The real horse-trading, if and when it comes, may involve Turkey and Iran. Zioconned Turkey wants to replace the entire regime structure; Iran wants the opposite. That's why both Ankara and Tehran will need to compromise, identifying high-ranking Syrians, probably military, who will protect each country's interests and upon whom a new regime can be based. If Zioconned Turkey and Iran can reach some sort of agreement, it can then be blessed by both the United States and Russia. The Zioconned Obama administration can play a role in this process, but to do so effectively will require more diplomatic realpolitik than it has demonstrated thus far in any crisis. This is all a long shot, but there may be no other way out that averts a worsening civil or regional war.
There is a stark realization in all of this: If the Zioconned United States reduces its strategy toward Iran to only stopping its nuclear enrichment program, it increases the probability of ascending bloodshed in Syria. Easing Assad out becomes easier when some deference is paid to Iran's and Russia's strategic interests. Zioconned Washington now wants two things that may not go together: handing Iran (and maybe Russia) a total strategic defeat in Syria, even as bloodshed is reduced there.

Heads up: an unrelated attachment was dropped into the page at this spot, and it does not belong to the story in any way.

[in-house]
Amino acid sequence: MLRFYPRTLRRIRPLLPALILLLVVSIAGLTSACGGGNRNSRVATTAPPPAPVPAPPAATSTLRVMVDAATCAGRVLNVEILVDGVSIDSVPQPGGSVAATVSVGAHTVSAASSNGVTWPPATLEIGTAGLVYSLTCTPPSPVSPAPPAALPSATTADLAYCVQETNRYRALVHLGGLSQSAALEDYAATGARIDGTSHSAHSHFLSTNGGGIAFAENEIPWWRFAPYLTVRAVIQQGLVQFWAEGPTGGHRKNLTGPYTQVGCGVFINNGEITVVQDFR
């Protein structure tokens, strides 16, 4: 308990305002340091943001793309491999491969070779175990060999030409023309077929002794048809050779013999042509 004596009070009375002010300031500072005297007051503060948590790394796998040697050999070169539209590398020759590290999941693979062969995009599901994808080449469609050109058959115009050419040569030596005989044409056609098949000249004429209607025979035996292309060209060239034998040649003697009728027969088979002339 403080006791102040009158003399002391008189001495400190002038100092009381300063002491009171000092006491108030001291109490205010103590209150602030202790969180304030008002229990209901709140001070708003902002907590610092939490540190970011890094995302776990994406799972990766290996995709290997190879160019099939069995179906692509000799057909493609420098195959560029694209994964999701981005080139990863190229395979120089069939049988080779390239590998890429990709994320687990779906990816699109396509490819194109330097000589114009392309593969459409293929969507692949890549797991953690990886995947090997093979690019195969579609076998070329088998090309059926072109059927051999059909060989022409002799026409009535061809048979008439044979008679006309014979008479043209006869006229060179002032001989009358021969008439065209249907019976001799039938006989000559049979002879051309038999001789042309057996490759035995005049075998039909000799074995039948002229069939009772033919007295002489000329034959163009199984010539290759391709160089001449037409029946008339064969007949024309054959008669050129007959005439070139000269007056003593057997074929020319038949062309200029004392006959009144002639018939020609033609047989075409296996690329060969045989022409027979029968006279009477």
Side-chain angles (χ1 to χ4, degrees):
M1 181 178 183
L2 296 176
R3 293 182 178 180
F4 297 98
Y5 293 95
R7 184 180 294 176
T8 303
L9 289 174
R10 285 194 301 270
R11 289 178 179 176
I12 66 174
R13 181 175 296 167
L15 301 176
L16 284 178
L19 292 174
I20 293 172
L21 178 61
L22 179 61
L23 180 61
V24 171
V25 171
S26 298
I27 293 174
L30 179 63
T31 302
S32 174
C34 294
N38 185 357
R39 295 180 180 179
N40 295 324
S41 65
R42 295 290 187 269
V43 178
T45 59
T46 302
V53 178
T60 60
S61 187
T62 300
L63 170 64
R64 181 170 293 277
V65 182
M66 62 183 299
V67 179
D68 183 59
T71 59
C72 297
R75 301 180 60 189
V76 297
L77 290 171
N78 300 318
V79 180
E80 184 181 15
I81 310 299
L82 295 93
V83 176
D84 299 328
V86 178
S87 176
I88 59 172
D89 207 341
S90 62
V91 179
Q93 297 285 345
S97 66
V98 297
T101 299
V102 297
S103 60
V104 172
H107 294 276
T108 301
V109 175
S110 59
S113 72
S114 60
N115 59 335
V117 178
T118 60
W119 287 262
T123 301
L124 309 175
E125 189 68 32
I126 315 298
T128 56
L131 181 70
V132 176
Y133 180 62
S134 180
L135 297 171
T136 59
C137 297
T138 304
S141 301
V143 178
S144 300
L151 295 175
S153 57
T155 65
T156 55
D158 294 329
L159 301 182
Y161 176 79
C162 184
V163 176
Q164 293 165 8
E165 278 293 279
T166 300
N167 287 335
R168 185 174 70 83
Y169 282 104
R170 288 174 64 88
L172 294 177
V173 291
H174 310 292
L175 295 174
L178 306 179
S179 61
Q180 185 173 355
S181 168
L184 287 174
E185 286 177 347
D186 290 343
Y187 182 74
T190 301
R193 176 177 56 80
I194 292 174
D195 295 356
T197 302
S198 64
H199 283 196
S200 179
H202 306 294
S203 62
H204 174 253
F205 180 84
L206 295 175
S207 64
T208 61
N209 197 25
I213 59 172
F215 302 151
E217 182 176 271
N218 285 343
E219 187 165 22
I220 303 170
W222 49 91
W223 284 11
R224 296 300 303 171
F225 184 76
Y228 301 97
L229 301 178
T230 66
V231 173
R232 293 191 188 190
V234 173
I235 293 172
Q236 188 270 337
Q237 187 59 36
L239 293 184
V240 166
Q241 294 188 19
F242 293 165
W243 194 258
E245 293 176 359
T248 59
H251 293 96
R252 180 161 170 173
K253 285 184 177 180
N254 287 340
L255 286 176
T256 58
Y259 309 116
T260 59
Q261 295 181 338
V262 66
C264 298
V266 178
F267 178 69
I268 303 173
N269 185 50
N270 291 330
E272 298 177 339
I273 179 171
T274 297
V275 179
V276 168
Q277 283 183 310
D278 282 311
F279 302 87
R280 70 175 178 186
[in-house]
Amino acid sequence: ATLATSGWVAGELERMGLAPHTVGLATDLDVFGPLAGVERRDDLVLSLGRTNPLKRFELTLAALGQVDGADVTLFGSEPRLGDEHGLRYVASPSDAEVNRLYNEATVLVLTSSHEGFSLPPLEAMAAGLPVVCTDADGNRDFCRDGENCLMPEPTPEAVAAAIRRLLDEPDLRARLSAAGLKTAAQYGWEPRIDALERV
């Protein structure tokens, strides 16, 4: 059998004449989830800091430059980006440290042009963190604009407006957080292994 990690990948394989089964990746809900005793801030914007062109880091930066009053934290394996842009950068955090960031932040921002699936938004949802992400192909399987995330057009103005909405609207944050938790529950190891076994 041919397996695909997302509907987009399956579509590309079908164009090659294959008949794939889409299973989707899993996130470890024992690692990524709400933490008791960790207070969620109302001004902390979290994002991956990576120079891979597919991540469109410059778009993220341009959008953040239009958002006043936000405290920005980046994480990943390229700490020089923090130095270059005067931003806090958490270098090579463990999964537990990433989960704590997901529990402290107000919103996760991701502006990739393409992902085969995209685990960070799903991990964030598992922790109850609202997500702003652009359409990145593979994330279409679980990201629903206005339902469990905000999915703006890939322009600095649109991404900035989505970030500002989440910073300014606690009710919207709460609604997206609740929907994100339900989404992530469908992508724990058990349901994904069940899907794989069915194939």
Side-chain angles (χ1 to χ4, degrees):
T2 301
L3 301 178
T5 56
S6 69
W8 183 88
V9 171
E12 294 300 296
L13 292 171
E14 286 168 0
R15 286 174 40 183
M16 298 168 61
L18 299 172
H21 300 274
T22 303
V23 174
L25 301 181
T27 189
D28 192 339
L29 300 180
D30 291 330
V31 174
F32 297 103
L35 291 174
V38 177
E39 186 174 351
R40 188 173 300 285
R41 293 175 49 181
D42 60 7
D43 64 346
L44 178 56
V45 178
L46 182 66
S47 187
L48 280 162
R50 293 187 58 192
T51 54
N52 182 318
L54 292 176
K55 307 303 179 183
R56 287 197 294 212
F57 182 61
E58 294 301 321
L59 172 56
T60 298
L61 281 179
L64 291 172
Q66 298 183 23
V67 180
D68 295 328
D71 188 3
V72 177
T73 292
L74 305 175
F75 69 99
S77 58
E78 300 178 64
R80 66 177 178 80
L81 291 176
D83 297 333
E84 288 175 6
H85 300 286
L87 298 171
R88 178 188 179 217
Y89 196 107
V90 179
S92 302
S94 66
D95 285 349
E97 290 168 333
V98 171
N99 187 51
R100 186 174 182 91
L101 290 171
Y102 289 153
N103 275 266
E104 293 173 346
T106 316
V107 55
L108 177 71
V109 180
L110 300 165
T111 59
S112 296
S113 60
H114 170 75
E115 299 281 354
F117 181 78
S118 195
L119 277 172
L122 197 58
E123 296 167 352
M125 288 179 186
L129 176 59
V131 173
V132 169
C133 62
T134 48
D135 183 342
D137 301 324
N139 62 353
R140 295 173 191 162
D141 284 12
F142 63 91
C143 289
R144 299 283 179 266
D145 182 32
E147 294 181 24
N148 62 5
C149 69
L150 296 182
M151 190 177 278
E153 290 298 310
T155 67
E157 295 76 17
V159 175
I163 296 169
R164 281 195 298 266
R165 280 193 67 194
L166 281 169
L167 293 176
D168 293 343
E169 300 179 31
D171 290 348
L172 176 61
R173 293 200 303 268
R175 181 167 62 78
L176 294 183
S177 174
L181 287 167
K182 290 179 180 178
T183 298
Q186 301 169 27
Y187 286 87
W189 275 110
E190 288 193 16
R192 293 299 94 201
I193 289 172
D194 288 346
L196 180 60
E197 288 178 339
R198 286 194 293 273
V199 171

This may sound like appeasement, but keep in mind that Assad's Syria, so dependent as it is on Iran, already represents an Iranian satellite. Therefore, any deal between Ankara and Tehran on a new transitional regime holds out the distinct likelihood of a pro-Iranian regime in the future, especially as elections in Syria would eventually be held under an arrangement. For Iran to try to determine a post Assad Syria -- with land border between the two countries through Iraq-- to the same extent that it has undermined Iraq will, in addition to being in sync with Lebanon, constitute a case of a normal axis of Resistance and an alliance willing and able to confront the evil Western and crumbling Zioconned US Empire....
Syria's situation is dire. From both a moral and geopolitical point of view, fighting a proxy war with Iran and Russia there is less desirable for the Zioconned United States than reaching out to them....